Off the Line: If you have siblings this could speak to you

Do you have a sibling? If so, this column just might speak to you.

  • Thu Oct 8th, 2015 6:00pm
  • Sports

Do you have a sibling? If so, this column just might speak to you. If not, I’m sorry. I had four siblings and I can verify that there was never a dull moment in our household. Or maybe I should say “I’m sorry” if you DID have a sibling.

As most of you likely know by now (ad nauseum) I am the middle child and in case you haven’t worked it out for yourself already, I am also a female.

While I have three brothers, I am also lucky enough to have a sister. Of course I didn’t always consider myself lucky to have that sister. I mean, after all, who doesn’t want to be a queen amongst a clan of kings? The ONLY queen, if you get my drift. Mother’s don’t count as queens, as all of us mothers know. We fall into the role of Cinderella. Anyway; there was that little thing that kept getting in the way of my queendom. That little thing could, at times, take on huge proportions by way of morphing not just into a sister, but into an older sister‑the worst kind of sister to have, if one must have a sister. Older sisters, you know, get to have all the fun while the younger sisters have to sit in the corner cooling their heels until they too “get as old as your sister” before we could do the same things. All the while older sister is smirking that superior smirk of hers as she flounces off to have fun while younger sister contemplates a night of sitting with three stinky, obnoxious brothers‑far from the kings earlier described.

For some reason my parents loved to foster competition between my sister and I. I suppose it was to encourage the very best in us, but for me it only fed that green eyed devil slumbering inside of me. That is when I decided that even though I was the middle child and the younger sister to boot, I was going to make sure that the world knew I existed. I think that was during the time known as “parent-teen conflict”.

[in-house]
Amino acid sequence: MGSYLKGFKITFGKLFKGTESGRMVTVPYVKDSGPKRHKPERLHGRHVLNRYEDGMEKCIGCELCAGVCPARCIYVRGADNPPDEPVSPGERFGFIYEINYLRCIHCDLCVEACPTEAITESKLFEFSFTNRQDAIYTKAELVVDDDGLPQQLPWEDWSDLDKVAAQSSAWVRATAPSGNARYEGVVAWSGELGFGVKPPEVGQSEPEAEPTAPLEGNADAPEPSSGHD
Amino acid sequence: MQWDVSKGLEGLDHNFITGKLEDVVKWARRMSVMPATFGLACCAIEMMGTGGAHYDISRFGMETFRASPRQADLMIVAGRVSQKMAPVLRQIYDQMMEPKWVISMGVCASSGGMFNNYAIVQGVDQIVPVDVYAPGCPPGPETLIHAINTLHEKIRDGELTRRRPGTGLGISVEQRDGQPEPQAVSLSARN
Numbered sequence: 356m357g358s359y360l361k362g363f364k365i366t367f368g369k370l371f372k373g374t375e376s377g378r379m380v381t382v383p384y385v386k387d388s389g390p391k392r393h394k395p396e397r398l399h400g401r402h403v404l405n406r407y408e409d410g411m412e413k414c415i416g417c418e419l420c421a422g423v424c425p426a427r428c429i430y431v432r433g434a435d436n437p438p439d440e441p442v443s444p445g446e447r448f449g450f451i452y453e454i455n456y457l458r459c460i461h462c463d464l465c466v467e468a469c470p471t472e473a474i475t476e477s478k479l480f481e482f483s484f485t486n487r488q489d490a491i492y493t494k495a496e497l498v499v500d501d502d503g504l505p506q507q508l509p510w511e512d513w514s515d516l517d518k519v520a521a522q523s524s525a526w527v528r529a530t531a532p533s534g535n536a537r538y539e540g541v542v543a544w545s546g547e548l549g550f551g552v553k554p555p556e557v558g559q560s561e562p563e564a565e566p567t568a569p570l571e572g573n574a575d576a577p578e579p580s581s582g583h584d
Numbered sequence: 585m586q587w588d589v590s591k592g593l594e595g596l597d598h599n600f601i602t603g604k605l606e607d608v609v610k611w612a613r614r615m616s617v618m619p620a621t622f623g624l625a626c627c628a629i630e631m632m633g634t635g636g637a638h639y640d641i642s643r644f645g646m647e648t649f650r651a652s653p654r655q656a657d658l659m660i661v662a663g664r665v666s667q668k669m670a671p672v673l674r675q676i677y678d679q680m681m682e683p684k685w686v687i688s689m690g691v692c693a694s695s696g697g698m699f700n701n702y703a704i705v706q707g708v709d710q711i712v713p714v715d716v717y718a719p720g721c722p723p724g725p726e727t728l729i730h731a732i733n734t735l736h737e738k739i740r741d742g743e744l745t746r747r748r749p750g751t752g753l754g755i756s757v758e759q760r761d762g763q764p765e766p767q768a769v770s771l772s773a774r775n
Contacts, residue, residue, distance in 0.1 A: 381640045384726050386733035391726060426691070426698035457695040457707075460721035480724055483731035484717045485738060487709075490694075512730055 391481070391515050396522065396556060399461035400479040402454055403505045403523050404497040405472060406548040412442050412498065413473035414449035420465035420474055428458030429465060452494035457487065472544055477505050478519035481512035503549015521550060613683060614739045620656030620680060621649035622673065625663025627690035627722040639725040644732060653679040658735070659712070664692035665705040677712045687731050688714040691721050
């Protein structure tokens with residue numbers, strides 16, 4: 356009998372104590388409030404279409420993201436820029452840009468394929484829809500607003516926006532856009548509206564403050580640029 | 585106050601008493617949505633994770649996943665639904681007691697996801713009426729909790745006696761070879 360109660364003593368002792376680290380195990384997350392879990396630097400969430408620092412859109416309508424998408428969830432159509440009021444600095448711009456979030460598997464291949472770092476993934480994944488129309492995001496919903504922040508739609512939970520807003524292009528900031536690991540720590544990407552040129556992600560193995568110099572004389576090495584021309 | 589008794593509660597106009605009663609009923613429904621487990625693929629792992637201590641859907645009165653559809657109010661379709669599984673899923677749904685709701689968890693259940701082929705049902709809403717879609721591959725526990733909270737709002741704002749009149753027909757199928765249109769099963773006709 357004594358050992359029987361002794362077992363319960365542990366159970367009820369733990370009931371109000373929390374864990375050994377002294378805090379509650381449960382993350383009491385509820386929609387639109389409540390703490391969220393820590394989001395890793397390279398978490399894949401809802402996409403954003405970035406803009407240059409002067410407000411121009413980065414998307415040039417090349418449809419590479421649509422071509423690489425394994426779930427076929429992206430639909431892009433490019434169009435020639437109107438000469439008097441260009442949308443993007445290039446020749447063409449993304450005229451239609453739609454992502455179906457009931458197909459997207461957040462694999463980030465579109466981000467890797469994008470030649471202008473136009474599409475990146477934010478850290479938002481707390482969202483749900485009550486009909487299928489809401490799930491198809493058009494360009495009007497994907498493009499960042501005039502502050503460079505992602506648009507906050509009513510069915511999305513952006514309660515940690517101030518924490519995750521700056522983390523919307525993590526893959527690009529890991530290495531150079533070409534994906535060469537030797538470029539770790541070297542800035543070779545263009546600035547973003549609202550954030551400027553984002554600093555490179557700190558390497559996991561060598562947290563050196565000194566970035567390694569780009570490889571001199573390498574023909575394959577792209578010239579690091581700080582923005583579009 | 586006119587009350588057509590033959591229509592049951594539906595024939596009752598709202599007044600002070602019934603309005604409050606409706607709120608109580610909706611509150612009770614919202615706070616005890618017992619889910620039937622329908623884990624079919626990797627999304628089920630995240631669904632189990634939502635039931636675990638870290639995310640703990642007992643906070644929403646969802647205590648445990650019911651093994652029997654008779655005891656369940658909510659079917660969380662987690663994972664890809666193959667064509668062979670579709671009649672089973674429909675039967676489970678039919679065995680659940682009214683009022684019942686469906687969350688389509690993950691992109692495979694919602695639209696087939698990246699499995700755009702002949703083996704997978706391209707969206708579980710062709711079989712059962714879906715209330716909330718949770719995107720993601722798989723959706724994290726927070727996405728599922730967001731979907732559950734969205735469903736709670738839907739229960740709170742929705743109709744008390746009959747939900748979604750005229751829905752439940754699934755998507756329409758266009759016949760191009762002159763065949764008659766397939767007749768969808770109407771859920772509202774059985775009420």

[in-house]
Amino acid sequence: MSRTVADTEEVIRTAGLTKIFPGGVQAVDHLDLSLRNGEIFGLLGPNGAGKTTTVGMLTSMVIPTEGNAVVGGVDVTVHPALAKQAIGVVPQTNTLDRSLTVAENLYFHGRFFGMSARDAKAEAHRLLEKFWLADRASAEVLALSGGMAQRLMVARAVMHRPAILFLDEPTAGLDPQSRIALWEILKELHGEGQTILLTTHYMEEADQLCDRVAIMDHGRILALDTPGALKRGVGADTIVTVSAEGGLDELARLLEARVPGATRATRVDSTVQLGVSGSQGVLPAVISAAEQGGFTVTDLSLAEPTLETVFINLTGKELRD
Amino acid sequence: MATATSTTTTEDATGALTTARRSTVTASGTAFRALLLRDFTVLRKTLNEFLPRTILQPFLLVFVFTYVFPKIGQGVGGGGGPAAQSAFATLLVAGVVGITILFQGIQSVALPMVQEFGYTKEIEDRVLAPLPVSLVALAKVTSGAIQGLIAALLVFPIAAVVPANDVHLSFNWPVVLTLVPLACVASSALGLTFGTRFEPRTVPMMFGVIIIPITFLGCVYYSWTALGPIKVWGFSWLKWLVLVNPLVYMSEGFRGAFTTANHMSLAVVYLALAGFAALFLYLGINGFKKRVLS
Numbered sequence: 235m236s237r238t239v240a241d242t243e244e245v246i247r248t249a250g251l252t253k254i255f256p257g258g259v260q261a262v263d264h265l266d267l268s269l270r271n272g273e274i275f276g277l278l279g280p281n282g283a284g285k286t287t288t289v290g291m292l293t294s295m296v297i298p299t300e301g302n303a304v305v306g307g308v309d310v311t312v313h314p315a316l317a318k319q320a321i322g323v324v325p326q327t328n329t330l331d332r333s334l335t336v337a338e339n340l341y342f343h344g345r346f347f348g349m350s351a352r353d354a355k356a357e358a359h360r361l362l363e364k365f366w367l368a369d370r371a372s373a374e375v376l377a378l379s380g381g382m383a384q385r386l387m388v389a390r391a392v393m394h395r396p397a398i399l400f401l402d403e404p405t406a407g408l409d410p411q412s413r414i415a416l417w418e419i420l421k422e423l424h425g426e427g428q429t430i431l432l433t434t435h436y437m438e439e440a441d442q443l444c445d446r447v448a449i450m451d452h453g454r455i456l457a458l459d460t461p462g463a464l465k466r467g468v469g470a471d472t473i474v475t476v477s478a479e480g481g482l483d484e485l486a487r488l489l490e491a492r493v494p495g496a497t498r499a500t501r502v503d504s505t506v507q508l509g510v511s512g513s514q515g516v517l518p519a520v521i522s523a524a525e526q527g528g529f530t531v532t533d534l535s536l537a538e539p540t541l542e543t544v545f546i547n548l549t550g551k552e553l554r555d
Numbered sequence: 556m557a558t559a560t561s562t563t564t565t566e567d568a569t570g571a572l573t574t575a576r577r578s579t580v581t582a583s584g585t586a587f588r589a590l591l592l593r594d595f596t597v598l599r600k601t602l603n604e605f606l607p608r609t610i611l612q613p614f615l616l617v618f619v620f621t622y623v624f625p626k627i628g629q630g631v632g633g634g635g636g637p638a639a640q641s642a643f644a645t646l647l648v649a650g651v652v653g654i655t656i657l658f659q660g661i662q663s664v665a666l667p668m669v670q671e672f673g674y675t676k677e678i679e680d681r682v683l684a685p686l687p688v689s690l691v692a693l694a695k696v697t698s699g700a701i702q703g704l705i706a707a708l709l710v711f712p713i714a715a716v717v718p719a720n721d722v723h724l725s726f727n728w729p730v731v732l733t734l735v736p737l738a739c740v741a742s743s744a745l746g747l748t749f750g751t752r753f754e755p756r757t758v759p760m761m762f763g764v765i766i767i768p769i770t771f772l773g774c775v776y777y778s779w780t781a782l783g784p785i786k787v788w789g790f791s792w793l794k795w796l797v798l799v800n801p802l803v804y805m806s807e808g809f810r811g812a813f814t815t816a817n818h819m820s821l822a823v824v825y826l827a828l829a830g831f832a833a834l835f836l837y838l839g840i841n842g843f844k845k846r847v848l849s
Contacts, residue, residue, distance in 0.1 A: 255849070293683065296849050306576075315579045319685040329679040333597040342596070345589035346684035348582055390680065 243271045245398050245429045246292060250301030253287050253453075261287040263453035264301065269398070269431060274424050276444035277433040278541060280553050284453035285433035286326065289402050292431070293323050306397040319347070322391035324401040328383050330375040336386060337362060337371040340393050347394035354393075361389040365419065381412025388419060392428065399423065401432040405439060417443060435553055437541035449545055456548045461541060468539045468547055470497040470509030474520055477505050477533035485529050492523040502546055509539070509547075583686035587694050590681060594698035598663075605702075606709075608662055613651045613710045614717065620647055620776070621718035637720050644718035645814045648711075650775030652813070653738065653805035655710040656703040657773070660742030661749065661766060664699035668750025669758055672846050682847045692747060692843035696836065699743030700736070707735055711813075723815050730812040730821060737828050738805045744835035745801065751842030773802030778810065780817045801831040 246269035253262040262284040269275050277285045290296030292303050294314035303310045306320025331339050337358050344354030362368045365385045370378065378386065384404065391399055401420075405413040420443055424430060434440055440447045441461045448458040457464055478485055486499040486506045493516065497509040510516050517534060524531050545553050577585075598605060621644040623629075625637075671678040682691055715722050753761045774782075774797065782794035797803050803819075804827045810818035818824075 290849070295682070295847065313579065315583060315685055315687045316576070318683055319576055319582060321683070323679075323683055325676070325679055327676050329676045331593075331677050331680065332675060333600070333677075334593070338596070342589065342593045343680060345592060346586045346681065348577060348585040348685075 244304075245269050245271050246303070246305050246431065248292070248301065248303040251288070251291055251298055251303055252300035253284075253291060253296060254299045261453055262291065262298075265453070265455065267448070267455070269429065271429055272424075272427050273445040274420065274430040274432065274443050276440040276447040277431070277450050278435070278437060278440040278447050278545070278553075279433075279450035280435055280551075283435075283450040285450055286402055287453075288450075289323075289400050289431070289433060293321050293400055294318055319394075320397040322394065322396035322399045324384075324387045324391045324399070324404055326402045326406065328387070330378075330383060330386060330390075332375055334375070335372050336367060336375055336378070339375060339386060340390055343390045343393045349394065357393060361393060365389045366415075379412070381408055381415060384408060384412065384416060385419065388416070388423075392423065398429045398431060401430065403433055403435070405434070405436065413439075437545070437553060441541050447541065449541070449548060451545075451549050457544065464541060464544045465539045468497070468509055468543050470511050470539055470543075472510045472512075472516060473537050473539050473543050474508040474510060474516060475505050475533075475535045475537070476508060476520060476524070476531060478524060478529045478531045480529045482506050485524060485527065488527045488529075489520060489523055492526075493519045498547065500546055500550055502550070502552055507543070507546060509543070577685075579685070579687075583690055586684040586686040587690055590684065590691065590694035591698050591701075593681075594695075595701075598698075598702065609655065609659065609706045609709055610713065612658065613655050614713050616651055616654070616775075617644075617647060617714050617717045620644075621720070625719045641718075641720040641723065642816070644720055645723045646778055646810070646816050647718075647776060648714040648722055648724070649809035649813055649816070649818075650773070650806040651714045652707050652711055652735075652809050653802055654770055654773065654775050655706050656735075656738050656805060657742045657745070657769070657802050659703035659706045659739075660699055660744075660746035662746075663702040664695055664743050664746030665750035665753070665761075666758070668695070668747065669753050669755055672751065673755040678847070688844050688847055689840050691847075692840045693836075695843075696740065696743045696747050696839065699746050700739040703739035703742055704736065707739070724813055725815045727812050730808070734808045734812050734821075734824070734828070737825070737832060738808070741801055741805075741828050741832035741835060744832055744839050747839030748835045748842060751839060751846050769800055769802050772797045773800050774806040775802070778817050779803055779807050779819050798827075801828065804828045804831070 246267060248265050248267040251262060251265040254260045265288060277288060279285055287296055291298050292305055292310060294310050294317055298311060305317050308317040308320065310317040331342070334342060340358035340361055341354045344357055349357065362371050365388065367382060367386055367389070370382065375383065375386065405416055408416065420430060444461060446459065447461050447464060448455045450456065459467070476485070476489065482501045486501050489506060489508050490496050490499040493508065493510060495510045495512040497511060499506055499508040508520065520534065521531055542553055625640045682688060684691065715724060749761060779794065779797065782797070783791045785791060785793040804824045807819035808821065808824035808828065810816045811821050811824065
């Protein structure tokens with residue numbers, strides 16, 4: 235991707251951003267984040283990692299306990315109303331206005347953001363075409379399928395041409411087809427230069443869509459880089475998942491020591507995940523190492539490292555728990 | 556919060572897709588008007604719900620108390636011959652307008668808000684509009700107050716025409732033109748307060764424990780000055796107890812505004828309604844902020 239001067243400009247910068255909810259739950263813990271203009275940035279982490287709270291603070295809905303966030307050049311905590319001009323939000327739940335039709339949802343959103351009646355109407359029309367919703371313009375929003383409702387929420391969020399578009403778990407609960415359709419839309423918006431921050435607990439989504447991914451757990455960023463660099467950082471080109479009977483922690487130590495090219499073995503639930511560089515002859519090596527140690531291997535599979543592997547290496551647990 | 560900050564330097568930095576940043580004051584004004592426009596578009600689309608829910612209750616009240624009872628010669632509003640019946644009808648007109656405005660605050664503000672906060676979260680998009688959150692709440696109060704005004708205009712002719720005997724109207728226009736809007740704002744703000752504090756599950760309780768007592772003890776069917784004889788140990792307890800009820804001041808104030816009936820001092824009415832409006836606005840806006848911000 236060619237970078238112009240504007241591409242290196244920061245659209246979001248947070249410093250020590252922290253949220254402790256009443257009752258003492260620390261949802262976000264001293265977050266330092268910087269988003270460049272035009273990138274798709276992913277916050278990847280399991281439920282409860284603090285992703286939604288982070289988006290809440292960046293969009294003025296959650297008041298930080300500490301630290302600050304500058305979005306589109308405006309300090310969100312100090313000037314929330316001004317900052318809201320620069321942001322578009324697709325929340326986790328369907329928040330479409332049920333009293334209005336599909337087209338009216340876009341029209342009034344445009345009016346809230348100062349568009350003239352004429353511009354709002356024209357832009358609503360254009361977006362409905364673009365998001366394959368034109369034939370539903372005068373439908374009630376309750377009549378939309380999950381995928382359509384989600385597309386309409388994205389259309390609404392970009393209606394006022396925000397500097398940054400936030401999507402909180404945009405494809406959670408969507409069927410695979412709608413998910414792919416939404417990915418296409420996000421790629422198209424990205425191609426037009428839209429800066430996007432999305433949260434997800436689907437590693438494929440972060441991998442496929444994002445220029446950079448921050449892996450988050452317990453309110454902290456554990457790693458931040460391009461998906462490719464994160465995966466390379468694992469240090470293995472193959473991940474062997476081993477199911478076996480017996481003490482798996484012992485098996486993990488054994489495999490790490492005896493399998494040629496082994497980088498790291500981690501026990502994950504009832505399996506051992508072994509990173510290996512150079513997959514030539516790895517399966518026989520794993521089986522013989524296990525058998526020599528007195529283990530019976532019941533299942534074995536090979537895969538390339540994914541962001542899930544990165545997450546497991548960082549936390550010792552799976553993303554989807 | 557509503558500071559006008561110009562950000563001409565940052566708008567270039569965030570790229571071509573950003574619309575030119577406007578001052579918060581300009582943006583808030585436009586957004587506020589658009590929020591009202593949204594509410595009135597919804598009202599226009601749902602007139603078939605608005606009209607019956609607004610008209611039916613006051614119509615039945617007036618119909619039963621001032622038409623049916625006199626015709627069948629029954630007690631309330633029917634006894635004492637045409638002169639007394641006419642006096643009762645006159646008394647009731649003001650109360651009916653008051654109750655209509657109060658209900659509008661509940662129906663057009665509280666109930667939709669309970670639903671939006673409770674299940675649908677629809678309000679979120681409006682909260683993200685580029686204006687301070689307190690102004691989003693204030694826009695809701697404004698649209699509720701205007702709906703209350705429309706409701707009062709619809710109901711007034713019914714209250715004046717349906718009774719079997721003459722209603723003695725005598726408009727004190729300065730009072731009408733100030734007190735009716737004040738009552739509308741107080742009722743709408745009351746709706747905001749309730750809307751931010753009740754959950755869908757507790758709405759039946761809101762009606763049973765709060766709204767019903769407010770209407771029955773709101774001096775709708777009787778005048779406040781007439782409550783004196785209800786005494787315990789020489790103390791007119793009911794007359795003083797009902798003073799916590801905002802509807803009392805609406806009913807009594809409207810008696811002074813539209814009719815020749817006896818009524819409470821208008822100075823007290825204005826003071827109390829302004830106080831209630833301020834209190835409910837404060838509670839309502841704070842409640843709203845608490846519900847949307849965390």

But things weren’t always that way.

There is a cartoon I just saw that is as cute as cute gets. It is a picture of two sisters dressed identically and holding hands. One sister is obviously the oldest while the other is most certainly the younger of the two. They are dressed alike in pretty little dresses. Their mother went to great length to dress them alike right down to the satin and velvet dresses. Their hair is neatly groomed and immediately brought a smile to my face. The oldest girl has a huge frown upon her face while her younger, and clearly adoring sister, has a huge, self-satisfied smile upon her sweet little face. The caption area above the older sister reads, “I’m dressed just like my sister.” The look upon her face says it all. The younger sister’s face is lit up with pure joy. Her caption reads, “I’m dressed just like my sister.” Her pleasure at being just like her older sister is as tangible even now, numerous years later, as it was the day the picture was taken.

That picture brought a smile to my face along with a flood of warm memories. My mother used to be a beautiful seamstress and even though she worked outside the home, she found time to sew my sister and I identical outfits for special occasions such as Easter or Christmas right down to matching hats and matching gloves.

One year she made an exquisite matching dress for both my sister and I. I called it my bee dress, while my sister remembers the dress as having a butterfly pattern on it. It really doesn’t matter what the pattern was. What is interesting is how the passing of years has blurred the lines and changed the perspective. But whatever the case might be, one thing is unflinchingly tangible and that is no matter what the age or the years that have passed, but sister-sister bond can’t be broken.

We have long since grown out of those matching dresses, but looking back I now know that what will not change is that I will always have an older sister and I will always be the younger sister. Not earth shattering news or an eye-opening epiphany, but quite comforting in its truth and simplicity.